Child Safety

Your 4th of July and Summer Safety Refresher

Now that summer has officially begun, its time to start planning for some of the most exciting and important events of the year! From the 4th of July to National Night Out and beyond, each summer event comes with a great deal of safety precautions needed to ensure no accidents or injuries take place during observances or celebrations.

Summer event safety topics include, fireworks safety, public safety, crime prevention, nighttime safety, emergency preparedness, and driving safety. For all of these important areas of interest and more, you can find a number of useful and informative custom handouts at Foremost Promotions.

Here is a quick outline for your upcoming summer events and a simple refresher course on fireworks safety before you celebrate the 4th of July next week!

Your Guide to Summer Holidays & Safety Events 

July: National Fireworks Safety Month
The purpose of National Fireworks safety month is to alert parents and children to the dangers of playing with fireworks or lighting them without taking the appropriate precautionary measures. Fire, police and EMS companies, as well as other organizations, like Prevent Blindness America, work to advise caution when lighting fireworks and offer safer ways to celebrate the Fourth of July and other holidays or events where fireworks are commonly on display.

July 4: Independence Day

August: Back to School Month
When the new school year begins, it’s important for everyone to remember to safely share the roads with school buses, pedestrians, and bicyclists. It’s also a crucial time to refresh children on the principles of staying safe on the way to, from and during school. Common safety topics covered during back to school month include backpack safety, playground safety, school bus safety, cell phone usage and distracted walking and the protection new teen drivers.

August 7: National Night Out 2018
This annual community-building campaign promotes a partnership between police and community members nationwide in order to stand up to crime and enhance the kind of neighborhood camaraderie that makes every community safer and happier.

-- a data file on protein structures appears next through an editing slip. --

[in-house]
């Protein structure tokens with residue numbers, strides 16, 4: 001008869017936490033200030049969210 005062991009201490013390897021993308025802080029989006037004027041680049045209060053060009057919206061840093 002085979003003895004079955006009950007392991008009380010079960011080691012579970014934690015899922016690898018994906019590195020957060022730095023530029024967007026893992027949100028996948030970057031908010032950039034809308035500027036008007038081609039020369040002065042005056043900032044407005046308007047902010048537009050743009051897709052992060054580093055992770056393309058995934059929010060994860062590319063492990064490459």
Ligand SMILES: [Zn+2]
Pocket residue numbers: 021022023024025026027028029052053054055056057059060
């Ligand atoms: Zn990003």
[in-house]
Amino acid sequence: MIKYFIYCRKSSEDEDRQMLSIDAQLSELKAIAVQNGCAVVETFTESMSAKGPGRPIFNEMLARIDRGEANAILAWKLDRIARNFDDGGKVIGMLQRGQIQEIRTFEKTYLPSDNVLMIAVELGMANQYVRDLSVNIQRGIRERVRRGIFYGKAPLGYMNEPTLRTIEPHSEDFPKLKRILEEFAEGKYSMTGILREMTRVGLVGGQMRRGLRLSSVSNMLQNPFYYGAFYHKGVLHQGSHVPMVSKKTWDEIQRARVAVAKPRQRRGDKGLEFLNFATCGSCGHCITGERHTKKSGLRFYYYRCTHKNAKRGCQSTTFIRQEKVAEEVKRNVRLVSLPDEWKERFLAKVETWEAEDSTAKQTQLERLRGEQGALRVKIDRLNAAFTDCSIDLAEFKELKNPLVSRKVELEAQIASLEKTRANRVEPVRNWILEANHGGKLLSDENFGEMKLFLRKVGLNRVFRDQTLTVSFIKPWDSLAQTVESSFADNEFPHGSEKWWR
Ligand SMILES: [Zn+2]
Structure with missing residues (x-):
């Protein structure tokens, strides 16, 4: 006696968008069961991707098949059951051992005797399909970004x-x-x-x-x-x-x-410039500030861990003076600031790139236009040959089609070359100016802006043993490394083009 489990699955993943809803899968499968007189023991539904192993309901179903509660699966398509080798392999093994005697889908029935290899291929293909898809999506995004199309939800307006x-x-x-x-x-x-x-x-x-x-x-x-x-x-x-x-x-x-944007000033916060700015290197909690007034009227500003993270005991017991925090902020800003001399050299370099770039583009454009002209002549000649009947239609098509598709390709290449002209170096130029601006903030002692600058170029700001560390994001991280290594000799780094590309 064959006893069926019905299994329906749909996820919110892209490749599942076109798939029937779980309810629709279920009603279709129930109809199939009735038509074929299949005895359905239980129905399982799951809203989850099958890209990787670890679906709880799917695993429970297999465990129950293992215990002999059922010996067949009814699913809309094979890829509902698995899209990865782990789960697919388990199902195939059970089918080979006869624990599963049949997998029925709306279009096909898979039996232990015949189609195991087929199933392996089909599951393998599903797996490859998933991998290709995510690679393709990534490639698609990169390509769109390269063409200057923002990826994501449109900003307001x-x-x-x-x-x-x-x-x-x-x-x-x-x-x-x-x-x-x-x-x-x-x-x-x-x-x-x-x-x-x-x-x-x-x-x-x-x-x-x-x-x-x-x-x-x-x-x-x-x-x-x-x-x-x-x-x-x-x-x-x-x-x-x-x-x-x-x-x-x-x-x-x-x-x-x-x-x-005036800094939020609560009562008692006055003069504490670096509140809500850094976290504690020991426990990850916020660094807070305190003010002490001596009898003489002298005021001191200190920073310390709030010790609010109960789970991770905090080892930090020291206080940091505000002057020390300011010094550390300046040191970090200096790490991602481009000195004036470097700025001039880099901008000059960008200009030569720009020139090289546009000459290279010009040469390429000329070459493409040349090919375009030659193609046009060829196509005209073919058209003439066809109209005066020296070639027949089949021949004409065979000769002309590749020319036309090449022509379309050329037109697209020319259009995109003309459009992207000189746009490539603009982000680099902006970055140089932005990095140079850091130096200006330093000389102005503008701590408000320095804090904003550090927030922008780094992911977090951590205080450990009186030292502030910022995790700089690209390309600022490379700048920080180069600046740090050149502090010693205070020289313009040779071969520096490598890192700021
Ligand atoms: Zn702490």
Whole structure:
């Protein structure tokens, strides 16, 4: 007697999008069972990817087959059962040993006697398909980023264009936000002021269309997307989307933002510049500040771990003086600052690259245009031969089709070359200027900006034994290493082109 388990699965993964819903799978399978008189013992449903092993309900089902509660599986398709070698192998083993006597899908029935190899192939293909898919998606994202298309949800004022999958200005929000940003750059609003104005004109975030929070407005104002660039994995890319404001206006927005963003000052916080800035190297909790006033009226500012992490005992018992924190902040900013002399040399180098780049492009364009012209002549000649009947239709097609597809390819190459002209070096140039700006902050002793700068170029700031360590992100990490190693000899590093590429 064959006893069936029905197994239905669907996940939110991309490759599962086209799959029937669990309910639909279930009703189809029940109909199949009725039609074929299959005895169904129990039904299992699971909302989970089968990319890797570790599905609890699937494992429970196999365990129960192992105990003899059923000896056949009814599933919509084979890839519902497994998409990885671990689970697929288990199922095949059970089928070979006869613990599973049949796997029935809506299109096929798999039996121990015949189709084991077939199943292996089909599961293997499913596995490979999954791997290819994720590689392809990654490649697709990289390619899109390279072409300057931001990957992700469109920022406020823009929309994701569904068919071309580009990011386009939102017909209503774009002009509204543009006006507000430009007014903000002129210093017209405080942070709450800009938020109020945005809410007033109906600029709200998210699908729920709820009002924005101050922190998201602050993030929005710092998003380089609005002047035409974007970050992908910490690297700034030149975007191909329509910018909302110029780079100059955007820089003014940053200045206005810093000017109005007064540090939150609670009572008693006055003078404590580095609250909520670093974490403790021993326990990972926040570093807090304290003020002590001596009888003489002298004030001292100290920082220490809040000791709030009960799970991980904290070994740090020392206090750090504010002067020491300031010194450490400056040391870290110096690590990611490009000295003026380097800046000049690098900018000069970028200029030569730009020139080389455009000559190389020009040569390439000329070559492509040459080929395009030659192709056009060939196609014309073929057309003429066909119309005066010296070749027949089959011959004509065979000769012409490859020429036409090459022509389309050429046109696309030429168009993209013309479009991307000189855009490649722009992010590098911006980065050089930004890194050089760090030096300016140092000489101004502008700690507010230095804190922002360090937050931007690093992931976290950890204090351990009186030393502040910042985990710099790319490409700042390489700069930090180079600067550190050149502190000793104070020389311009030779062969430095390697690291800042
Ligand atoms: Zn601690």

August 15 – September 3: Drive Sober or Get Pulled Over
The National Highway Traffic Safety Administration leads this incredibly important effort to stop drunk driving or driving under the influence of any drug, once and for all. During this campaign, the definitive message is, “Please drive sober or you will get pulled over.”

September: National Preparedness Month
Disaster can strike at any moment. That’s why we have an entire month dedicated to learning how to be prepared for all types of unexpected emergencies. With just a little preparation you can make sure your home and family will be ready and able to withstand a home fire, hurricane, flood or any other type of threat.

September 3: Labor Day

September 23 – 29: National Child Passenger Safety Week
The proper use of a car seat, booster, or seat belt can prevent harm to a child in the event of a car crash, which is the leading cause of death in children between the ages of 1 and 13. During National Child Passenger Safety Week, child passenger safety awareness and education are the main focuses. It teaches that a few extra moments taken to make sure child passengers are properly secured in their seats can make all the difference.

4th of July & Fireworks Safety Tips 

For those who reside in states where it is legal to purchase and set off fireworks, every possible risk should be carefully considered before deciding to do so. If you have chosen to conduct your own private display rather than attend a public show this 4th of July, here are some important precautionary steps to help safeguarded you and your audience from any fireworks related injury.

• Fireworks should be purchased from legal manufacturers only, with the manufacturer’s label intact and stored in a cool, dry place, away from the reach of children or pets, until they are used.
• Children should never play with fireworks, firecrackers or rockets. If children are given sparklers they should be used under supervision, outside and kept away from the face, clothing or hair. Children should never be left unattended with sparklers.
• When using fireworks, you should be outside and far away from homes, bushes, leaves or other people or animals. There should always be a large bucket of water nearby, in case of accidents.
• Only an adult who has not been drinking any type of alcoholic beverage should be in charge of the fireworks. He or she should also wear fitted clothing to avoid any lose materials making contact with sparks.
• Never hold fireworks in your hands or near your body while lighting them. If you are the person lighting the fireworks, you should wear protective eyewear in case of sparks.
• Only light one firework at a time.
• When you are finished, soak your used fireworks in water before throwing them away.
• Keep pets, small children and babies contained far away from fireworks as they may be sensitive to the loud noise and become frightened or stressed out.

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